EDDC has said that relocating its HQ from Knowle to Skypark will involve a total cost of less than £4 million. Remember that any income from the sake of Knowle and Manstone Depot should not be offset against the total cost as the income from that asset sale should benefit the whole of the EDDC community, not just a few councillors and officers who will site themselves nearer to Exeter than any other town in East Devon except Cranbrook..

Here are some recent costs for new council HQ some of which sold off their old HQ:

£11 million:

£7 million:

£10.5 million

£9 million:

£9.7 million:

See some of our CoVoP colleagues on BBC Politics Show this Sunday (29 June, 11a.m.)

As readers of the EDA website will know, campaign groups throughout the country  have created a united Community Voice on Planning organisation (CoVoP). Our Formby branch will take part in in a discussion on Greenbelt and housing, in this weekend’s BBC Politics Show on Sunday morning. Details here:

Information on CoVoP at this link:


Nick Boles says supermarkets make it easier for poor people to buy quality goods

Recent debate in Westminster Hall on town centres and supermarkets differing views of a constituency MP and the Planning Minister:

John Pugh Lib Dem Southport (where Sainsbury’s wants to build an out of town supermarket by demolishing one of their Homebase stores but is refusing to consider an in-town site formerly occupied by a Morrisons store):

… When applying for … permission, supermarkets go armed with persuasive, expert consultants, planners and researchers and can offer a view of the whole retail environment that the council hearing the application cannot really judge for itself, because planning departments are, by and large, severely under resourced. The lack of resources is due to local authority cuts, but planning departments have never been particularly well resourced and are often short of independent data, which costs money. They are also unable to face up to the costs of refusal, leading to an expensive appeal process. Planning departments across the land are hurrying to get housing figures in place, but they are not doing much work, number-crunching or thinking about the retail environments that they often strive to protect.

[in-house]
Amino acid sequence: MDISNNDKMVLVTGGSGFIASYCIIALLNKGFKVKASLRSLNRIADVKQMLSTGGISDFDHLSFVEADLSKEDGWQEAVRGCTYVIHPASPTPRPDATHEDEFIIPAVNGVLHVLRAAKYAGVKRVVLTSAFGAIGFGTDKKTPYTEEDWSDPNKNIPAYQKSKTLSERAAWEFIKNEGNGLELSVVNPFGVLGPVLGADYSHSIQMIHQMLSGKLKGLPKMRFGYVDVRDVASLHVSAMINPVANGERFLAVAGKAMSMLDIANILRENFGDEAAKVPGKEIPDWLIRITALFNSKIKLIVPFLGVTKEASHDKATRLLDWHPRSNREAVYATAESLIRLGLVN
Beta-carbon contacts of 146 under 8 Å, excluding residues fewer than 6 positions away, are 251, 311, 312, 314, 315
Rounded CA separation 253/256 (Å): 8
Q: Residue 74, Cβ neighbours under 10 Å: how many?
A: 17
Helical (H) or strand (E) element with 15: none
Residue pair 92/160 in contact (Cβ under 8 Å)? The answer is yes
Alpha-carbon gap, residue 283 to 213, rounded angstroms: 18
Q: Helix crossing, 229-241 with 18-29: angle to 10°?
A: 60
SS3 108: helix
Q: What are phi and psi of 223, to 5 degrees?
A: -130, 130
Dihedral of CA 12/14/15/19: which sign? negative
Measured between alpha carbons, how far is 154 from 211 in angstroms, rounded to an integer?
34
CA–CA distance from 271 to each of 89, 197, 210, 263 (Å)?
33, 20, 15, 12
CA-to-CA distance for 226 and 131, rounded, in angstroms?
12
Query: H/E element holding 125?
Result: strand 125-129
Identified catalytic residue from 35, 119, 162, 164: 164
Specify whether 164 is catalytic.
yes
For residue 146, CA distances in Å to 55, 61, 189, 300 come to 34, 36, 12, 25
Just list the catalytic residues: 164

… Ultimately, planning departments are also vulnerable to what I was going to call “bribery”, although I do not want to use that word because individual bribery is not involved. However, a supermarket wanting to get its way, whatever the effect on the town centre, will normally present its case by suggesting that, due to some attractive agreement under section 106 of the Town and Country Planning Act 1990, something that the council wants, such as a traffic development, can be delivered as part and parcel of a new development. On one side is the threat of an expensive appeal and on the other is the bribe that granting permission may lead to some benefit that the council may not be able to accommodate through its own resources. That is generally what the monitoring of such developments shows..